What Austin ISD's billion-dollar bond means for you

It's at stake when voters head to the poll Nov. 7.

AUSTIN - From news conferences to school board meetings, Travis County voters have been swamped with information about the Austin Independent School District's $1 billion dollar bond.

It's no secret that this will change Austin whether it passes or fails.

For two years they've been working on a bond recommendation that will serve as what they call a "facilities master plan."

District officials used a system that looks at the schools that are in the worst conditions first: that is where the bond money will go.

A billion dollars is designed to modernize or construct 16 new campus facilities, some of which will be replacement schools; Eastside Memorial will be one of those schools the district will move to a location on Thompson Street. 

"If this bond does not pass, our district will be in a world of hurt. We'll be using more dollars to address facility needs, which means 38 percent of those dollars would be going to the state, so this is a more efficient way of us being able to address the aging schools," AISD Trustee Jayme Mathias said.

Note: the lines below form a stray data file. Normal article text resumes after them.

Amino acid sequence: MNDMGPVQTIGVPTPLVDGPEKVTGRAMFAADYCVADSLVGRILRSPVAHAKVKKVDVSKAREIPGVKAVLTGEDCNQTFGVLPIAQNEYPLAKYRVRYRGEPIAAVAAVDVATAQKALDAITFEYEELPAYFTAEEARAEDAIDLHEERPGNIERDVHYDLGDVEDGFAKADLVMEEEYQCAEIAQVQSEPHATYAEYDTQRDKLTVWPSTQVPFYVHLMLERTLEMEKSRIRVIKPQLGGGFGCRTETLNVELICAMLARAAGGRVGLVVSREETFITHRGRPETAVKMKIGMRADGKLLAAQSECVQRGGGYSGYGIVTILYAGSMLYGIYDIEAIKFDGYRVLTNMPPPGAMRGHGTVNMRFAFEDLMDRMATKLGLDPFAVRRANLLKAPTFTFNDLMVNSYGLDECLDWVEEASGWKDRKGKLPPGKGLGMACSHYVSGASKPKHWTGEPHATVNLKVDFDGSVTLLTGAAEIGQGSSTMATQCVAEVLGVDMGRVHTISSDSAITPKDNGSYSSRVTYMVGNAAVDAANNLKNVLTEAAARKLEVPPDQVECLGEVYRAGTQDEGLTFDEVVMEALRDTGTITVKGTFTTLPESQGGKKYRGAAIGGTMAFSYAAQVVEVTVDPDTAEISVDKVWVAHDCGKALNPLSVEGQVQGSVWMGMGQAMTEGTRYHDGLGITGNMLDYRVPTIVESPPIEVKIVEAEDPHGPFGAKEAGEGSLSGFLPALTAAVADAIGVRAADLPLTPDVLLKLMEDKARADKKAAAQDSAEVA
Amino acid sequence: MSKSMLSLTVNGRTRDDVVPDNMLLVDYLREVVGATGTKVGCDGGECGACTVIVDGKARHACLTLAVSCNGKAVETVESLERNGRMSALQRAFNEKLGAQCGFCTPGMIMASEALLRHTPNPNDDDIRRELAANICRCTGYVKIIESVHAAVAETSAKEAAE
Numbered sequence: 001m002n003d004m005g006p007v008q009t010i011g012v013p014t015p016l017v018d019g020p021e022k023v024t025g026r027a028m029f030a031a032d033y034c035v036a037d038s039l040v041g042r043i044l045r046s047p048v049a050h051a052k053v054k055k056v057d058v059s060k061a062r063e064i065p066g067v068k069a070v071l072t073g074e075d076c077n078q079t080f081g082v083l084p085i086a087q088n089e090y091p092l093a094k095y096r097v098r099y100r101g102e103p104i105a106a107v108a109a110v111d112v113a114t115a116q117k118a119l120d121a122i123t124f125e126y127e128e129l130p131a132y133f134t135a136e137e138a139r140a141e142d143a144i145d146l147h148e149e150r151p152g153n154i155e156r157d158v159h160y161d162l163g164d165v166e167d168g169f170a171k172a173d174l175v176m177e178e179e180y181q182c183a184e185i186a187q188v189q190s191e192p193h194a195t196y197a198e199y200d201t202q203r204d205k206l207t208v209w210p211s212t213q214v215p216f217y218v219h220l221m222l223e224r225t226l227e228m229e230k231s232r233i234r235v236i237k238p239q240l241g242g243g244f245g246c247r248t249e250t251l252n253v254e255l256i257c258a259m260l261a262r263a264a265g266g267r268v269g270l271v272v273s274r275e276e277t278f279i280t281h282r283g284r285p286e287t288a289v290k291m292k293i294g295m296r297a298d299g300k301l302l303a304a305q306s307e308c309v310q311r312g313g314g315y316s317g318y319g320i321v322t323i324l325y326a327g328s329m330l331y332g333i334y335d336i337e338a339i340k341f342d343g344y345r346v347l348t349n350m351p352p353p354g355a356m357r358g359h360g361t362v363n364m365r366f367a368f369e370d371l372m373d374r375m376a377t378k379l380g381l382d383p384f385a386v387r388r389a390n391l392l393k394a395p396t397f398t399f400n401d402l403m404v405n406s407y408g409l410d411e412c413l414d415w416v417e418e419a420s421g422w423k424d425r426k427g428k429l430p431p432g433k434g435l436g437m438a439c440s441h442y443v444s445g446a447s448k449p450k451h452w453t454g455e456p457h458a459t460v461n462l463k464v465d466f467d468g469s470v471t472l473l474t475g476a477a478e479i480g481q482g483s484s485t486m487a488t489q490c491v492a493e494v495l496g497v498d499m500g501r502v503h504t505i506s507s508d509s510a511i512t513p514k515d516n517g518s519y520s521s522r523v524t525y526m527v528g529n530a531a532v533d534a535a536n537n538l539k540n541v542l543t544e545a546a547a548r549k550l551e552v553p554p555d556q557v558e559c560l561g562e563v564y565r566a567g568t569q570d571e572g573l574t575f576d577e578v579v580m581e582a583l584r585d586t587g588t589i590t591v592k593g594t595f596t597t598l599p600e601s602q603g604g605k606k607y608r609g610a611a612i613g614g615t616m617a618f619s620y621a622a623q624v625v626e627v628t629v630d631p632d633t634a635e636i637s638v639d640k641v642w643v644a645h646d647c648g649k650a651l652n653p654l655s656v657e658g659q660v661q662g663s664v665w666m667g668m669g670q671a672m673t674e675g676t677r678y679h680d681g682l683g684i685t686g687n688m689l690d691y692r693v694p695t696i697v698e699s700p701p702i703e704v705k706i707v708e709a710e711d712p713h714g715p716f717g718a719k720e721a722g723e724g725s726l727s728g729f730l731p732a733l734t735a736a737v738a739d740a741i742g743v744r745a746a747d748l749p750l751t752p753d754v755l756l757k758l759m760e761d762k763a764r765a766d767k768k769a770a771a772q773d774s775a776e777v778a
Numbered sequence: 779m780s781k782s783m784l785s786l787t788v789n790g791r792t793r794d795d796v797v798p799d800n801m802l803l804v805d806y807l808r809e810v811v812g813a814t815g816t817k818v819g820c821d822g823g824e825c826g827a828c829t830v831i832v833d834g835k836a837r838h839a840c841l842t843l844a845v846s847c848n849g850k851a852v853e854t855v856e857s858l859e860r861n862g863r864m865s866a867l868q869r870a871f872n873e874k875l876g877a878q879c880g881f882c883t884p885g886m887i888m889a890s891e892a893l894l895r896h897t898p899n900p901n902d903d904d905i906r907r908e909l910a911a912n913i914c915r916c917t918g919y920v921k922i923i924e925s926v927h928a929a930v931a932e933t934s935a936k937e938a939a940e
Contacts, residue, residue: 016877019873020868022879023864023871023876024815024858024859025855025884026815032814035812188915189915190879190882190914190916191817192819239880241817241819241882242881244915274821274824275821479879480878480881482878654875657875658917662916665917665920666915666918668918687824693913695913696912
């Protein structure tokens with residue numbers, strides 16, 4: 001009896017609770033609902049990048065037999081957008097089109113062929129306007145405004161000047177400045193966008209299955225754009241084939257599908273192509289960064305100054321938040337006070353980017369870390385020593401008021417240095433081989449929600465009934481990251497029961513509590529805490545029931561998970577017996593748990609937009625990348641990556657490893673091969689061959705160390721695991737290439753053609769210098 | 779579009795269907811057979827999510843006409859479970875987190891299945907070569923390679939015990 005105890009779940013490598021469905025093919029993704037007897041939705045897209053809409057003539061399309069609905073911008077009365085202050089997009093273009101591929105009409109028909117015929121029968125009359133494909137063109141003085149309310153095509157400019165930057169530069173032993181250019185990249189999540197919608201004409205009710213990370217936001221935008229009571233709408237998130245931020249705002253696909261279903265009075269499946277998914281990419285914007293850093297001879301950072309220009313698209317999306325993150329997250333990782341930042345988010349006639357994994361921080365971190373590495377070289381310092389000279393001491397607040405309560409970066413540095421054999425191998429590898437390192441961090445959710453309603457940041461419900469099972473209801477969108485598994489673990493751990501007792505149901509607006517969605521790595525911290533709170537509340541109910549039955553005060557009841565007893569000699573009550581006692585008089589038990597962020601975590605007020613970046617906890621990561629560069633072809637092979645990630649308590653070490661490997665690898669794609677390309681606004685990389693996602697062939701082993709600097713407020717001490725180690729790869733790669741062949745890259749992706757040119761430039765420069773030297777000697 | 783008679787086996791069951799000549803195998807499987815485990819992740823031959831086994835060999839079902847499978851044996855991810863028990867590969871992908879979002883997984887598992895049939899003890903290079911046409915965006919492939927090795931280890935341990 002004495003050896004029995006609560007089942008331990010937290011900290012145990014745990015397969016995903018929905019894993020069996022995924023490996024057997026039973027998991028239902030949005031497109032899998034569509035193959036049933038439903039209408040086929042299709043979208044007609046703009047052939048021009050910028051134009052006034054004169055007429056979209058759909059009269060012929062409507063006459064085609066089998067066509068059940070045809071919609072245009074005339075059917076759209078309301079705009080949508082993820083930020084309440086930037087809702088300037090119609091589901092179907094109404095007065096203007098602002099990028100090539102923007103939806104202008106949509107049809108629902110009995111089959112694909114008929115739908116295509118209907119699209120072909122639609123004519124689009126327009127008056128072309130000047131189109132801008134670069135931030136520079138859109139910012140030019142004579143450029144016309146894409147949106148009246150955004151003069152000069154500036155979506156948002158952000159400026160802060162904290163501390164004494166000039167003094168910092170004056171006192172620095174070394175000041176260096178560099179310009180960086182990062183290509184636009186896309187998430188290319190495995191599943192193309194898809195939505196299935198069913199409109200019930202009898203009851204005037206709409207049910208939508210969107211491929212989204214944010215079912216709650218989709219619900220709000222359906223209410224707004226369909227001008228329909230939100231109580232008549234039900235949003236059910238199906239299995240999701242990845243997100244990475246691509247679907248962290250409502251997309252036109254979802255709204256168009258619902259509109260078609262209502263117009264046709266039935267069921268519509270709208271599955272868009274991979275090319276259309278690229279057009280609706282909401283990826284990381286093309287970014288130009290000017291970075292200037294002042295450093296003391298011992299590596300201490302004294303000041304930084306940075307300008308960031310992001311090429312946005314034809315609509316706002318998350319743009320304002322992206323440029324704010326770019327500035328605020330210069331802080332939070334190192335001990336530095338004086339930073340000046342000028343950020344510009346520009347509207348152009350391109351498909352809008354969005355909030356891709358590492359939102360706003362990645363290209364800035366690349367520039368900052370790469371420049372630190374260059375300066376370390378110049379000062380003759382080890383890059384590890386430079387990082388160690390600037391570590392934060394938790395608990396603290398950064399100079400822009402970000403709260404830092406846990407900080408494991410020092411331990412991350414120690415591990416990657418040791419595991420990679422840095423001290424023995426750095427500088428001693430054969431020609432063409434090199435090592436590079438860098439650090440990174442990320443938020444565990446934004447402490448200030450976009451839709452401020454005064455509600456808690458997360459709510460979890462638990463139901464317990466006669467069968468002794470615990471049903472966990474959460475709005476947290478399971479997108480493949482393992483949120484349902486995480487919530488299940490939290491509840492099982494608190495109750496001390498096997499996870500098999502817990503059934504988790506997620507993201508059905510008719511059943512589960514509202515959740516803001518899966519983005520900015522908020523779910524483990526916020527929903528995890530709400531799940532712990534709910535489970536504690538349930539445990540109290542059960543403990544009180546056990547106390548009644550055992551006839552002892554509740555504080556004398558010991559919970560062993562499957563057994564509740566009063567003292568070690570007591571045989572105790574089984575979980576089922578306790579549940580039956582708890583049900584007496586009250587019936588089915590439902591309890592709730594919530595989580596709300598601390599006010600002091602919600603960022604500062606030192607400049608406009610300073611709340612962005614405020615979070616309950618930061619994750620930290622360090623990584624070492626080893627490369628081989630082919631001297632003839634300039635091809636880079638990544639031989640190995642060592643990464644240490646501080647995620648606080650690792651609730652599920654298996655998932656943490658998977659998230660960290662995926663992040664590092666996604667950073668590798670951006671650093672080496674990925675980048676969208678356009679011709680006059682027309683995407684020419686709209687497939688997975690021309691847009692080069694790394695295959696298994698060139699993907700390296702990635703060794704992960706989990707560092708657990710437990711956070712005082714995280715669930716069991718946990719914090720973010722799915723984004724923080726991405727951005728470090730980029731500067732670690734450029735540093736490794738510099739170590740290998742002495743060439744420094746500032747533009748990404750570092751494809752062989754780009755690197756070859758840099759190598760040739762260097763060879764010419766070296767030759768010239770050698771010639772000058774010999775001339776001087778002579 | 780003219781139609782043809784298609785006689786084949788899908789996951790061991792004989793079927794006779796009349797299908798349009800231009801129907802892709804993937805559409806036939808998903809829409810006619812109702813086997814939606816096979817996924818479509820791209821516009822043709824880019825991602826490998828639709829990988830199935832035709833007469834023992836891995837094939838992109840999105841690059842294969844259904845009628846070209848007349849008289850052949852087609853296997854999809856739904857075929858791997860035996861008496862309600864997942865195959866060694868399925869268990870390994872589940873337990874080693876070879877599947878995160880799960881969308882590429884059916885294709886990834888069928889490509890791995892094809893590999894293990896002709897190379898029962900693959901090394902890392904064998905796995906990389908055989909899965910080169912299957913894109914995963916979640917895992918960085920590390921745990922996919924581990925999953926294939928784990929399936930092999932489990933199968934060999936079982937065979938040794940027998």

But members of "Save East Austin Schools" see things differently.

The group is made up of parents and school volunteers that feel the bond doesn't support every school, which they feel it should.

Several Under-enrolled schools could close to bring down bond costs. That plan is a concern for the group, especially since the district says the tax rate will not increase if the bond passes.

RELATED| Austin residents speak in opposition to $1B AISD bond

Bertha Delgado, one of the co-founders of Save East Austin Schools, questions where AISD will get the money for the billion dollar bond. 

"That's a lie because you're asking to borrow over a billion dollars. Where is that money going to come from? Homeowners, property owners that own land here will have to pay that eventually someway, somehow," Delgado said.

The district says bond dollars will stay in Austin.

Both sides will pass out information on the bond up until the election on Nov. 7.

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